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Beach safety: Rules families should follow

Parents can take one of five parenting sessions

Parents can take one of five parenting sessions offered this summer by the Cornell University Cooperative Extension in Yaphank. Credit: istock

Can you review safety rules families should follow at the beach?

Staying safe at the beach can be more challenging than staying safe at a swimming pool due to the crowds and strength of the ocean, according to the Arizona-based U.S. Swim School Association. The association has compiled guidelines, all of which are seconded by Bobby Hazen, founder of the Long Island Drowning Prevention Task Force and co-owner of Saf-T-Swim, with 12 Long Island locations:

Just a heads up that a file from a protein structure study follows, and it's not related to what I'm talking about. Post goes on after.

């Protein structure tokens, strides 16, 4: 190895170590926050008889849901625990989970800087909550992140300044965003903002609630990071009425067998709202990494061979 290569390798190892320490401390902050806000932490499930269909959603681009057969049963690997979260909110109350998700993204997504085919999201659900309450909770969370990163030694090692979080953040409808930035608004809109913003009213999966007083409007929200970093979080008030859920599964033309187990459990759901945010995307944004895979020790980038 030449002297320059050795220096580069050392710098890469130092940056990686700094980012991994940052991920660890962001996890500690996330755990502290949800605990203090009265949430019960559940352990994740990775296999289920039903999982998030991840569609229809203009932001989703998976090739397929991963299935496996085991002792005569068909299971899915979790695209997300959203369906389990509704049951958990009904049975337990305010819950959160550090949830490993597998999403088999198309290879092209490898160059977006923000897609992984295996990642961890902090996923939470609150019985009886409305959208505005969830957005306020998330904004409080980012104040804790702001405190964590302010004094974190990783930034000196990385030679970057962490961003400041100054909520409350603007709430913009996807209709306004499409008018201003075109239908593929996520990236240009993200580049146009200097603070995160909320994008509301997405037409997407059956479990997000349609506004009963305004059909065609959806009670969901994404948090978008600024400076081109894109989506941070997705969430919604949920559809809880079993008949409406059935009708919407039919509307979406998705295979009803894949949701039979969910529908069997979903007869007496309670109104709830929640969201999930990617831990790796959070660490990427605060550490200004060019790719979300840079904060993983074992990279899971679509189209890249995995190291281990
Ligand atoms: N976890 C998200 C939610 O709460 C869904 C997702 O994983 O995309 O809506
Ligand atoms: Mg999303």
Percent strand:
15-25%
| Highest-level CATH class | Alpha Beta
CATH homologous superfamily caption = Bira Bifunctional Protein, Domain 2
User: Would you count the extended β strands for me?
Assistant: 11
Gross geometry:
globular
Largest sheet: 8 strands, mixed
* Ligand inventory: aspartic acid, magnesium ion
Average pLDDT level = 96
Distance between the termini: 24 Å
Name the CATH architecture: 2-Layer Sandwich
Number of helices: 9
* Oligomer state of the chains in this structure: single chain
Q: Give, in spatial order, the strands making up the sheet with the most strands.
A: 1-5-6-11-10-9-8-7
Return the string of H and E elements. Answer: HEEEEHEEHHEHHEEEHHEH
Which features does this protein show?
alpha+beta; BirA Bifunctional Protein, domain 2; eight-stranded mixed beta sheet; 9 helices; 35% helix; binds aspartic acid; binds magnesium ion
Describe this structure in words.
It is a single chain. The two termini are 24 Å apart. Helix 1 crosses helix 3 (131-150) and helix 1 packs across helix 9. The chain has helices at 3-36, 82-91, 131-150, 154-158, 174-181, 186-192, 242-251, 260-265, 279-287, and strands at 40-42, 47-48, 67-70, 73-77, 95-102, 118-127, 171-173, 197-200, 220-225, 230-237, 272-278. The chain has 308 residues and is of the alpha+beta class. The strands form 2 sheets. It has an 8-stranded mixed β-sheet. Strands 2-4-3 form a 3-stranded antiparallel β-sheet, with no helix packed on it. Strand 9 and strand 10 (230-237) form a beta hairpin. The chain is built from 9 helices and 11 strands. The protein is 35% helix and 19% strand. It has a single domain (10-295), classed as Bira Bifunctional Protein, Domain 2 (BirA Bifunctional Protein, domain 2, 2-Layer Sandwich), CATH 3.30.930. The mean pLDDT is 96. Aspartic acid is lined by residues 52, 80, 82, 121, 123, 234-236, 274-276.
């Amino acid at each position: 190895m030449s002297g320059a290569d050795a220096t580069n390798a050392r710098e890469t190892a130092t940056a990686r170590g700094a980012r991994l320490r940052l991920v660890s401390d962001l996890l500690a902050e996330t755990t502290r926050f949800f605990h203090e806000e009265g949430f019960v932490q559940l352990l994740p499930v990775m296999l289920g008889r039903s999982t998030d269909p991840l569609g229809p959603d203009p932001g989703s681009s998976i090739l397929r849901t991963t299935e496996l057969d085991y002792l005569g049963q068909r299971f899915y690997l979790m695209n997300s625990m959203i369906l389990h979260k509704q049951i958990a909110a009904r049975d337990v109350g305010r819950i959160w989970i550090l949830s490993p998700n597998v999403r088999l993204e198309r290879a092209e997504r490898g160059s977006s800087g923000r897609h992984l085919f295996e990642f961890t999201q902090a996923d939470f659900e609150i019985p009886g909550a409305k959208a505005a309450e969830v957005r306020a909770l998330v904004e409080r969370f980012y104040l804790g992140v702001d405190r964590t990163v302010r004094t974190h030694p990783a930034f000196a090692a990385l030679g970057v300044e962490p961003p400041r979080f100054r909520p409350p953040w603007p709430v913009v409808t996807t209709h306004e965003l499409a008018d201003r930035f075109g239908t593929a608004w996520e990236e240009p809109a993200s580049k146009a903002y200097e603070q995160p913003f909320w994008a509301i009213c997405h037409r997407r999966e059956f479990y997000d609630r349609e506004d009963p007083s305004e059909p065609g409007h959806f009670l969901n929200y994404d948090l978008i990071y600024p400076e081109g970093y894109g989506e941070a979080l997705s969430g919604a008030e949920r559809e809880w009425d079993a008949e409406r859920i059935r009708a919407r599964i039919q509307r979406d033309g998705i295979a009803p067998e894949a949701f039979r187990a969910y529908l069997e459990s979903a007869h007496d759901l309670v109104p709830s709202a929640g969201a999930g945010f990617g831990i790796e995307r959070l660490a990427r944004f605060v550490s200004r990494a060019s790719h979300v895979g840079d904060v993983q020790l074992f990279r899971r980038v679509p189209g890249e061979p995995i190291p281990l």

* Introduce your child to the lifeguard stationed in the area. Make a plan to meet there in case you are separated.

* Teach your children to swim in front of the lifeguard station. If swimming with younger children, never be more than an arm's length away, Hazen says.

* Pay close attention to your older children, too, even though there are lifeguards. "The biggest mistake I see at the beach is parents will be sitting on the blanket when their kids are playing in the water," Hazen says.

* Currents will push swimmers down the shore, so remind kids to frequently look to shore and return to the lifeguard spot.

* Heed colored flags near the lifeguard that indicate if the water is dangerous, moderately rough or calm.

* Don't dive into the ocean; go feet first to test the depth to help prevent serious neck or head injury.

* Teach your children how to swim out of rip currents -- swim parallel to the shore until out of the current, and then swim diagonally back to shore.

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